M. Lane Bruner is currently Associate Professor of Critical Political Communication and Graduate Director of the doctoral program in Public Communication at Georgia State University in Atlanta, Georgia in the United States. He is the author of Strategies of Remembrance: the Rhetorical Dimensions of National Identity Construction, and Market Democracy in Post-Communist Russia (co-edited with Professor Viatcheslav Morozov of St. Petersburg State University, Russia). Professor Bruner is also the author of over education. Over the last decade, the East-European system of education has experienced through a wide-ranging modernization.
"Resistance is futile," or at least so we are told by the Borg in various Star Trek episodes, by Douglas Adams in The Hitchhiker's Guide to the Galaxy, by characters on television shows like Doctor Who and Lost in Space, and on British television series such as Space: 1999. Like the theme of US filmmakers who brought us The Truman Show and The Matrix, which focused on individuals living in world's they thought were real but in fact were fabrications, one wonders why the notion of the futility of resistance has been such a persistent theme in Western science fiction over the last few decades.
It is a well known fact that capitalism absorbs and commodifies dissent, and that consumer culture oftentimes is a direct threat to notions of informed citizenship and public deliberation. It is also well known that a wide range of neo-liberals argue that "market democracy" is the highest form of human political achievement, and that, while resistance may not be futile, it is, at least in "advanced" market democracies, unnecessary. After all, what IS there to resist when one enjoys freedom of religion, freedom of speech, freedom of travel, freedom of assembly, etc?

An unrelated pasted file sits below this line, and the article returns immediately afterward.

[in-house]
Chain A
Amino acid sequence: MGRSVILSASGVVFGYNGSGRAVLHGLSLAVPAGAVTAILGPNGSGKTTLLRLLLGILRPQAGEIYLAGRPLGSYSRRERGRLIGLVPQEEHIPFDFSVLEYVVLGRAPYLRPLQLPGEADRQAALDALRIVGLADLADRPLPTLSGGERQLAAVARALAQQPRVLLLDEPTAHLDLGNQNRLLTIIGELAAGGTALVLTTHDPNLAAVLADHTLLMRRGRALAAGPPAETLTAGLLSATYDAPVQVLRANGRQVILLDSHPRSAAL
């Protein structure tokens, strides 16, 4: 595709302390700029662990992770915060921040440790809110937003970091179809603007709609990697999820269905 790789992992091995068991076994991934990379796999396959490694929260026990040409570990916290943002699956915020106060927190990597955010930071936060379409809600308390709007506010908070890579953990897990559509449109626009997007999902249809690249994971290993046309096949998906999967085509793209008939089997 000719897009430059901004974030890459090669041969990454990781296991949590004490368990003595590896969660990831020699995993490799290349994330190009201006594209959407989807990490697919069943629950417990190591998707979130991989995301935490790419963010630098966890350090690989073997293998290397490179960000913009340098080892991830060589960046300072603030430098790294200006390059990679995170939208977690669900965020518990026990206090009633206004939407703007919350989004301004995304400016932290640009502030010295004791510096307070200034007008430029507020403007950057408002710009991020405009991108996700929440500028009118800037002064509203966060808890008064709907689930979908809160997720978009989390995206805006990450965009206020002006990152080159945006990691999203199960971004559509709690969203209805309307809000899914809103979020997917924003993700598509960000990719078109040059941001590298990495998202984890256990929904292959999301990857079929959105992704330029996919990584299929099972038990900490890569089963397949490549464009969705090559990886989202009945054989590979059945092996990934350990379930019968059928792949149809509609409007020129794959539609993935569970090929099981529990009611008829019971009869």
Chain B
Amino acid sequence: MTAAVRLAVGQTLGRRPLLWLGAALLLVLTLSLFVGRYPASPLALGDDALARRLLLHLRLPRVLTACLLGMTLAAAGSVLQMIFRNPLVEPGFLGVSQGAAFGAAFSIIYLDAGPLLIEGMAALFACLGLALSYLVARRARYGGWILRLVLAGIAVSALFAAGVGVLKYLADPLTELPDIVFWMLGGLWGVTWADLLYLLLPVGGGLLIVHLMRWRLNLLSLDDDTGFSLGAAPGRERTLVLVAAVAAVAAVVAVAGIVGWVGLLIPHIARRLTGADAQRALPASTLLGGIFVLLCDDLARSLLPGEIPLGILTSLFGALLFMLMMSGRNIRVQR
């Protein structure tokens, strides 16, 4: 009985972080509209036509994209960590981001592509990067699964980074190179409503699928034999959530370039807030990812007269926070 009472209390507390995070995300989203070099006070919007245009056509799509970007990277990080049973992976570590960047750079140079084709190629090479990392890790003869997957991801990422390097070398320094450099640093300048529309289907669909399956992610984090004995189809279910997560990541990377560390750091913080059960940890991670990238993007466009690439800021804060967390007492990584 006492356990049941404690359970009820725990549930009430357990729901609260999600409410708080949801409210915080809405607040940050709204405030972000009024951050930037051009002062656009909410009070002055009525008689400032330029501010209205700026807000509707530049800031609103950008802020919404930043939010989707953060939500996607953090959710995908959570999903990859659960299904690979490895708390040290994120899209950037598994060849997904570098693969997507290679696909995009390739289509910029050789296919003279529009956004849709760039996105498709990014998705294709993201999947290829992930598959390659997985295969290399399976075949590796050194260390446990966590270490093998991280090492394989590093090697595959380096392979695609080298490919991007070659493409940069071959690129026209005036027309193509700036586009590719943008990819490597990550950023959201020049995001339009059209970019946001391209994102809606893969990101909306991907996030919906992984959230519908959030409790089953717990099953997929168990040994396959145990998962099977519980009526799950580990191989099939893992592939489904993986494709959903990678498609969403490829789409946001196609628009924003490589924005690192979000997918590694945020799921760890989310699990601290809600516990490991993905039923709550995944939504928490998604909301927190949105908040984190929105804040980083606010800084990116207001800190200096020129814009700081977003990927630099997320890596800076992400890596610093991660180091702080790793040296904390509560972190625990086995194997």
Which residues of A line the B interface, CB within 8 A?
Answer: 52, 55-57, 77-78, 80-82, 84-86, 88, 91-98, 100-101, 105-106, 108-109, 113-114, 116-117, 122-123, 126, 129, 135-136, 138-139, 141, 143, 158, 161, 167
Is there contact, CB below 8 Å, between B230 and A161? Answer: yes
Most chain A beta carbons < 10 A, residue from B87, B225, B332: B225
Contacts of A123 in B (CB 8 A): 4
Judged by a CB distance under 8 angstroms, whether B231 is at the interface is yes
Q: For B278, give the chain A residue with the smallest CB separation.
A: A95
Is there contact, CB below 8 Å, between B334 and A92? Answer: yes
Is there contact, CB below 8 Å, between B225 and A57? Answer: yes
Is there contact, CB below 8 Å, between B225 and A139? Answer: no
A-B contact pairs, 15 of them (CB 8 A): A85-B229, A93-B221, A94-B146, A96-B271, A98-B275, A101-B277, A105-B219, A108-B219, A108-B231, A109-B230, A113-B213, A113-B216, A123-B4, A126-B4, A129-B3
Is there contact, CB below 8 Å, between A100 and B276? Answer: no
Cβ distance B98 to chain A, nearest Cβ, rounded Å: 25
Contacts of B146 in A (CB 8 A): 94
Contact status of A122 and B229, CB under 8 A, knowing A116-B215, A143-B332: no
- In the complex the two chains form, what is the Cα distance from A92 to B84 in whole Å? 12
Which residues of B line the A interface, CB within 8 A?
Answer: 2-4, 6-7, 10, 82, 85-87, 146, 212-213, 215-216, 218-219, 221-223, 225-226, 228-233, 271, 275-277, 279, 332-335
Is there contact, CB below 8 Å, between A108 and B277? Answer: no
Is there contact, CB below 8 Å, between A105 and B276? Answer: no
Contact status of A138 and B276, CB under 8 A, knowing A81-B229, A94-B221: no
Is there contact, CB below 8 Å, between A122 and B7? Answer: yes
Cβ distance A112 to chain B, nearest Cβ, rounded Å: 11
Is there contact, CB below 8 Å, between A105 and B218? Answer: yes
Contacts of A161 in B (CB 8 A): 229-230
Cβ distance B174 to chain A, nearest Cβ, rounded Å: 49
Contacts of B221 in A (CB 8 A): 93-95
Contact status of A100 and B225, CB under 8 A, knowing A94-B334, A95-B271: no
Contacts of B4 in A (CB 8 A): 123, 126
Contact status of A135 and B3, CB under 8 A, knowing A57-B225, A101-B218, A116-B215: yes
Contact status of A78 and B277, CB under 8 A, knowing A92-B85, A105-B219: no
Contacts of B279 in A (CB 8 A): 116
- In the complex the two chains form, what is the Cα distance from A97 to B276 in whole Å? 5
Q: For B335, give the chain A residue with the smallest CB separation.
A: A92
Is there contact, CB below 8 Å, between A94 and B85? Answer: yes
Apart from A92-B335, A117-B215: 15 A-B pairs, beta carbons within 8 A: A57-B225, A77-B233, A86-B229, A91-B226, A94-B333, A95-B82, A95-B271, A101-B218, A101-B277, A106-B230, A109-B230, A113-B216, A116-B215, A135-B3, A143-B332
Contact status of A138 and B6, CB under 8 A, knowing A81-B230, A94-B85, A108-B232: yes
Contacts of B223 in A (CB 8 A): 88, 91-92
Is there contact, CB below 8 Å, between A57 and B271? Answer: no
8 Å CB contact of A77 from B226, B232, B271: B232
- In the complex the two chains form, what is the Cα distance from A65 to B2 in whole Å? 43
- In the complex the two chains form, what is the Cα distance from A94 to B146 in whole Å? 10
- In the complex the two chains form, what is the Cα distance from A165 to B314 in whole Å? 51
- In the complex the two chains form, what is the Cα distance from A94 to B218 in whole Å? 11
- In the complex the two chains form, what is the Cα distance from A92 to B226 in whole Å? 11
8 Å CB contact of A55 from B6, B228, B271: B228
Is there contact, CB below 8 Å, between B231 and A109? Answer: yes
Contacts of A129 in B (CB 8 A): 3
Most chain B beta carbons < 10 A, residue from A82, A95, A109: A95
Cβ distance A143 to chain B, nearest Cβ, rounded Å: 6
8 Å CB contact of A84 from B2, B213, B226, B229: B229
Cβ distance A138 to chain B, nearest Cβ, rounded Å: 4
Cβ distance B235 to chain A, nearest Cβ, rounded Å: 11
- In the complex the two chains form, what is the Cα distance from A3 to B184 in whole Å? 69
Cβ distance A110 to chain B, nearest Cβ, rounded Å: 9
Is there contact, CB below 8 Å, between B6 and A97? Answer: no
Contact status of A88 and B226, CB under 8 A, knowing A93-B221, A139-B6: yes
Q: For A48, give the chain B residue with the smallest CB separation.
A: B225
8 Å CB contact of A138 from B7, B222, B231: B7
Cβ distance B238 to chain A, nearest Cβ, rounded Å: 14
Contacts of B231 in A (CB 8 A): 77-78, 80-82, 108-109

And what good can be achieved from large scale political resistance? Those familiar with political history know that "revolutions" tend to replace one form of domination with another, as particular factions within a given polity claim to represent the interests of all (when they do not), and that "rebellion" is usually a term relegated to those moments of mass political dissent that are ultimately crushed by the powers that be. In light of such observations, is "resistance" futile? What might "productive resistance" even look like in the New World Order, and, even if forms of productive resistance were possible, how might citizens of the world be taught to engage in such resistance?
The essay I propose for inclusion for the International Conference on Social Transformation is an attempt to explore these questions in light of the global collapse of communism, the consequent global rise of neo-liberalism and religious fundamentalism, and the ongoing processes of "nation-building" around the world. Drawing heavily upon contemporary critical rhetorical theory, discourse theory, and radical democratic theory, and drawing upon contemporary political events in locations as diverse as Venezuala, Russia, Iraq and the United States, I will provide a working definition for "productive" resistance, theoretically complicate such terms as "deliberation," "phronesis," and "democracy," while simultaneously anchoring my prescriptions for progressive political action in the New World Order in concrete economic analyses of the historical relationship between classical republicanism, finance, and empire.